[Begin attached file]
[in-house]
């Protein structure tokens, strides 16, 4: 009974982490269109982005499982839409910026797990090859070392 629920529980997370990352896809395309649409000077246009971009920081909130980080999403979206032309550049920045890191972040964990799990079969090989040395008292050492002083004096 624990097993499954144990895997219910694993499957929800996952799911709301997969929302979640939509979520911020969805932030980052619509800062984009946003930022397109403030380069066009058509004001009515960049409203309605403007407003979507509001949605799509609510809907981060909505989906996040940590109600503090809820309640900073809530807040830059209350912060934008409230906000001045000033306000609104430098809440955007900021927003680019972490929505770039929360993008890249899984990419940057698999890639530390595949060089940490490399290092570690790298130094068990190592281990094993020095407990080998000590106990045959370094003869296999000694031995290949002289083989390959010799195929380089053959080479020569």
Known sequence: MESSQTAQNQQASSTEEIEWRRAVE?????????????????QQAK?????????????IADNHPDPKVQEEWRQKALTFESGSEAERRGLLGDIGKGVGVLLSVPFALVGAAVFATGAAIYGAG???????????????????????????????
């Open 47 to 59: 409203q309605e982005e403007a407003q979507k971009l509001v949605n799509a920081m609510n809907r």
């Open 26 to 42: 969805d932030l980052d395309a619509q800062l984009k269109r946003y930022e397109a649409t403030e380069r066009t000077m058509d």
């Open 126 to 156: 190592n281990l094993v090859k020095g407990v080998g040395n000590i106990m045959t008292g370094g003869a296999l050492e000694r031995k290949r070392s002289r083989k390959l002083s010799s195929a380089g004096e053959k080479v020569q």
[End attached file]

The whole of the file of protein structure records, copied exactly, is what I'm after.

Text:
[in-house]
């Protein structure tokens, strides 16, 4: 009974982490269109982005499982839409910026797990090859070392 629920529980997370990352896809395309649409000077246009971009920081909130980080999403979206032309550049920045890191972040964990799990079969090989040395008292050492002083004096 624990097993499954144990895997219910694993499957929800996952799911709301997969929302979640939509979520911020969805932030980052619509800062984009946003930022397109403030380069066009058509004001009515960049409203309605403007407003979507509001949605799509609510809907981060909505989906996040940590109600503090809820309640900073809530807040830059209350912060934008409230906000001045000033306000609104430098809440955007900021927003680019972490929505770039929360993008890249899984990419940057698999890639530390595949060089940490490399290092570690790298130094068990190592281990094993020095407990080998000590106990045959370094003869296999000694031995290949002289083989390959010799195929380089053959080479020569």
Known sequence: MESSQTAQNQQASSTEEIEWRRAVE?????????????????QQAK?????????????IADNHPDPKVQEEWRQKALTFESGSEAERRGLLGDIGKGVGVLLSVPFALVGAAVFATGAAIYGAG???????????????????????????????
């Open 47 to 59: 409203q309605e982005e403007a407003q979507k971009l509001v949605n799509a920081m609510n809907r």
């Open 26 to 42: 969805d932030l980052d395309a619509q800062l984009k269109r946003y930022e397109a649409t403030e380069r066009t000077m058509d």
């Open 126 to 156: 190592n281990l094993v090859k020095g407990v080998g040395n000590i106990m045959t008292g370094g003869a296999l050492e000694r031995k290949r070392s002289r083989k390959l002083s010799s195929a380089g004096e053959k080479v020569q």